- Heat grill on medium-high heat. As the grill heats, cut the peaches into halves, removing the pit. Peel the onion and cut into 1/2 inch thick rounds. Place peaches and onion in a bowl, toss with olive oil and season with salt and pepper.
- Spread peaches and onion evenly on the grill, cut side of peaches down. Cover and cook 5 minutes until peaches have grill marks then remove. Flip the onion and cook for 5 minutes more. Remove and set aside to cool.
- When cool enough to handle, chop peaches and onion into a rough dice. Place in a large bowl with jalapeno, lime juice and basil. Season with more salt and pepper if needed.
These grilled pork tacos with charred eggplant and tomatoes are pretty epic, definitely worth a little extra work on a weekend! Enjoy with a cold local brew and good friends!
A couple weeks ago was the week of the taco. It was awesome.
It all started when we spent the day sailing with friends on the lake. While we were out on the boat, my friend Chelsea told us her grand idea of opening a taco stand at our local farmers market. Environmental lawyer by week, taco connoisseur by weekend? I doubt she'll ever go through with it, but we still had fun dreaming up taco combinations! After a day in the sun, drinking and talking about Mexican food, what did we end up getting for dinner? Tacos and fresh margs. No big surprise.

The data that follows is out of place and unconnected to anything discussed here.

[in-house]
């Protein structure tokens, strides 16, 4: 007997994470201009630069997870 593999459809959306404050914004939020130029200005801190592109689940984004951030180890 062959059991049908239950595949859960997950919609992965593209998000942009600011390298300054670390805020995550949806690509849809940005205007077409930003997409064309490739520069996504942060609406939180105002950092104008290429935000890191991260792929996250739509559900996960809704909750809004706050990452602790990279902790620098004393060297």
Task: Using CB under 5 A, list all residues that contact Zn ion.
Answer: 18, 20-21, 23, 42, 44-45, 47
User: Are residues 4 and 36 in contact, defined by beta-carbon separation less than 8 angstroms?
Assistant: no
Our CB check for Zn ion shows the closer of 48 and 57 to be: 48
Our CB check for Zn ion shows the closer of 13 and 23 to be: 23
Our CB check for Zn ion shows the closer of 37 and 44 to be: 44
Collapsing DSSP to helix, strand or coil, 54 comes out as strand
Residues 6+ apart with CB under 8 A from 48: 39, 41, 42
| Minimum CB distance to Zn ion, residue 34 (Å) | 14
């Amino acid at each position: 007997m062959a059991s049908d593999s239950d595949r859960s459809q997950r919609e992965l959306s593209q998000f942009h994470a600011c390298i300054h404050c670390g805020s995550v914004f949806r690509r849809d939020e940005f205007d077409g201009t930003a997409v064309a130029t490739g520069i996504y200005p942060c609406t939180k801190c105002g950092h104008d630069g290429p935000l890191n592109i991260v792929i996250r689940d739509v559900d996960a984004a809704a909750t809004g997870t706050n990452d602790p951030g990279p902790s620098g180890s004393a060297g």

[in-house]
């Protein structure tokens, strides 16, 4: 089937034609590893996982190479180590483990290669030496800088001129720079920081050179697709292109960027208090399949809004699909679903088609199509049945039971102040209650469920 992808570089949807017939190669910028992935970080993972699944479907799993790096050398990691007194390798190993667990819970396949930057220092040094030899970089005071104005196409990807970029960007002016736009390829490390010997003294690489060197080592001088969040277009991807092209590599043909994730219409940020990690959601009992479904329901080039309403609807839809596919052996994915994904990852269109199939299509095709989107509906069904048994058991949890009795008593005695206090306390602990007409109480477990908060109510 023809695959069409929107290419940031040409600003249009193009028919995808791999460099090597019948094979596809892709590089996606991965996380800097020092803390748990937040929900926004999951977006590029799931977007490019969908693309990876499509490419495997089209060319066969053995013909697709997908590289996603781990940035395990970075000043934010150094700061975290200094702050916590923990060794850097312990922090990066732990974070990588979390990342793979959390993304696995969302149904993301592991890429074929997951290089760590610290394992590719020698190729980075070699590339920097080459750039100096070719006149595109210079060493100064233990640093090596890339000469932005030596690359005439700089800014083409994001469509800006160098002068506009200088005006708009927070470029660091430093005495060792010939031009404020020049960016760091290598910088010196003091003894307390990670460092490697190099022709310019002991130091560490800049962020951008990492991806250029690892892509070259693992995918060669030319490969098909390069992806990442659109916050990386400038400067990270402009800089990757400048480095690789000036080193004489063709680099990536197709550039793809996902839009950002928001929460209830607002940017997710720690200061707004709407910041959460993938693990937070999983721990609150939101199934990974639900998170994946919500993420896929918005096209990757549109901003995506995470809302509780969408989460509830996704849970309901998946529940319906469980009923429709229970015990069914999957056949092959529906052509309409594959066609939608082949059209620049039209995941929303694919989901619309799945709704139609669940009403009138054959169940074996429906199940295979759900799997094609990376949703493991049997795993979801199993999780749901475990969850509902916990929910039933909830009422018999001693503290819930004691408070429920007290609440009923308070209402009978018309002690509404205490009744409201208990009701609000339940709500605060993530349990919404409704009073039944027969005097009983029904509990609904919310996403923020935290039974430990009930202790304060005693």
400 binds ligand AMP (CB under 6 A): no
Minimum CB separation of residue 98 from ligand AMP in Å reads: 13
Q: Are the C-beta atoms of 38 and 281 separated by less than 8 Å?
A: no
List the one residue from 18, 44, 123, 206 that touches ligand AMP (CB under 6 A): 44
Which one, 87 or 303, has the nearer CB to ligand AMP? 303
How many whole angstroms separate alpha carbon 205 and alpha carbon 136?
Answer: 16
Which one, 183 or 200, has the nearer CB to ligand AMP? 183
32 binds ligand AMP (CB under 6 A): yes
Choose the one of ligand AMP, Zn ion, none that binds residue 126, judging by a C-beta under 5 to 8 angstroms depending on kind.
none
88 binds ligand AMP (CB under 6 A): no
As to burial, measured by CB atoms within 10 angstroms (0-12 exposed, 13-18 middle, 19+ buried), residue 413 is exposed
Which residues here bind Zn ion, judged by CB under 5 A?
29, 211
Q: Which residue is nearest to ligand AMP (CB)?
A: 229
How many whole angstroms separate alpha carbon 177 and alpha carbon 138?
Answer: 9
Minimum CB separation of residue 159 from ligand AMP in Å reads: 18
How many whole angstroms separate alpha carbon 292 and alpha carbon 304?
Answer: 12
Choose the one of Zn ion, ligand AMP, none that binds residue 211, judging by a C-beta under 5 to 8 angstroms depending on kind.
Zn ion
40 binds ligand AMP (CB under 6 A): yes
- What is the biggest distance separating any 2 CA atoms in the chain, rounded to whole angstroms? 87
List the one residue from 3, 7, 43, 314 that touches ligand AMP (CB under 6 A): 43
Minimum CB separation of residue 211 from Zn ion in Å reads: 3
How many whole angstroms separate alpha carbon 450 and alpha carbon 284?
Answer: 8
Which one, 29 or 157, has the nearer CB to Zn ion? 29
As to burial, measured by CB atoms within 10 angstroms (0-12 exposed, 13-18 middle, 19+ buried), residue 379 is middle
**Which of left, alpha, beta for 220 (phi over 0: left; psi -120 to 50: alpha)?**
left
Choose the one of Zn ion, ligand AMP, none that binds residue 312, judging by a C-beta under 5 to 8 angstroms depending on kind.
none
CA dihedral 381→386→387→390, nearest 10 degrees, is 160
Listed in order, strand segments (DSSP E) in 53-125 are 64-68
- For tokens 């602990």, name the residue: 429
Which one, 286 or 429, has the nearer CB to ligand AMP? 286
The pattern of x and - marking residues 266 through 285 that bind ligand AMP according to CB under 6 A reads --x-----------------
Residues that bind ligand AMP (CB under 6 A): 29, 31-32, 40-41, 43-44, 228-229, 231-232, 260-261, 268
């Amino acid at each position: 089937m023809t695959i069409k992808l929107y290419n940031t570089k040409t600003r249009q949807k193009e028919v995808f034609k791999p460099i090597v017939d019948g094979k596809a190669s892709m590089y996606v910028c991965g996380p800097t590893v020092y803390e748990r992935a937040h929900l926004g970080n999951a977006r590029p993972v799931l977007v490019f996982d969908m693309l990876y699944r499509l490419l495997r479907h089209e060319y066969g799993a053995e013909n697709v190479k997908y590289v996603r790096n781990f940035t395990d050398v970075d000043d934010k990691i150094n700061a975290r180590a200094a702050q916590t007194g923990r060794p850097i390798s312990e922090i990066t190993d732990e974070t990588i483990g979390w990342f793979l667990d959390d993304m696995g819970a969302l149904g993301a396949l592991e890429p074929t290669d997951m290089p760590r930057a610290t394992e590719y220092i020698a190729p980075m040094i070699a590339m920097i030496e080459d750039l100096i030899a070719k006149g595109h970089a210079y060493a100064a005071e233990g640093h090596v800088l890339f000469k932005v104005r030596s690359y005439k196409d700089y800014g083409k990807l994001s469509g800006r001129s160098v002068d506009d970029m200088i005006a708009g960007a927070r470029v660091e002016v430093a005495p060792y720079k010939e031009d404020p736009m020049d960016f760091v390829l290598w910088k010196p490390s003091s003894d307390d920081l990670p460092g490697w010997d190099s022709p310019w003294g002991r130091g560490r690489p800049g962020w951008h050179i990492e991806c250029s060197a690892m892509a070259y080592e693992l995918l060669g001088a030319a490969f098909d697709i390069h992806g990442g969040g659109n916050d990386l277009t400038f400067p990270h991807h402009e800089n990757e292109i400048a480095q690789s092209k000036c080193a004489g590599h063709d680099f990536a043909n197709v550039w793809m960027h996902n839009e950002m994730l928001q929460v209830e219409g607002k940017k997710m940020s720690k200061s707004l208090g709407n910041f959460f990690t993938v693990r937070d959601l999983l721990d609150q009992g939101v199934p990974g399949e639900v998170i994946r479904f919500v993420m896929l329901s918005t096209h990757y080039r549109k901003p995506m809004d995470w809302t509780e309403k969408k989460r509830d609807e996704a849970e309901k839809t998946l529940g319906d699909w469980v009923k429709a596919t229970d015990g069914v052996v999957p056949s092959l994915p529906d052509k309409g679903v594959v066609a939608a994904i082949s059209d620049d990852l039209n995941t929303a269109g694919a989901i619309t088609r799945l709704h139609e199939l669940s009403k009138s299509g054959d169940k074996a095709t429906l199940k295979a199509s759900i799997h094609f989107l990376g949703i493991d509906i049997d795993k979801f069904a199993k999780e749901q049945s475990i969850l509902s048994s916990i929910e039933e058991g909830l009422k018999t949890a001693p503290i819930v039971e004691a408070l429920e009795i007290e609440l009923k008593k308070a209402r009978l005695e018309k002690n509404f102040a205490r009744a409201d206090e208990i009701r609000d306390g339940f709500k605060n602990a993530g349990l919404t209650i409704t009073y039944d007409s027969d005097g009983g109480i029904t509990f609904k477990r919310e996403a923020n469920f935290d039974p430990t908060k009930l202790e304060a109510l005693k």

Later that week, I took the day off to go wedding dress shopping with my family for my sister-in-laws wedding. When appointments ran late and our stomachs were rumbling, you know what they asked for? More tacos! BBQ shrimp and veggie tacos with extra guac for the win!
You would think at this point I would be sick of tacos. But apparently that's not physically possible, because what did I cook for dinner the next night? These pork tacos.
This recipe was adapted from one in Smoke, a James Beard award winning cookbook that teaches the art of cooking with fire. Like, real fire. As in, lets build a firepit in our backyard. It's legit. It's also one of the prettiest cookbooks I own. Most of the recipes aren't exactly weeknight friendly (grilled creole shrimp cocktail with pickled relish vinaigrette made from a combination of four different homemade relishes and a homemade horseradish Tejano red sauce anyone?). But they're beautiful, inspirational and most can be easily be simplified. It's a great gift for any grill lovers in your family - I know the hubs was set on building a pit for oyster roasts in our backyard after thumbing through it!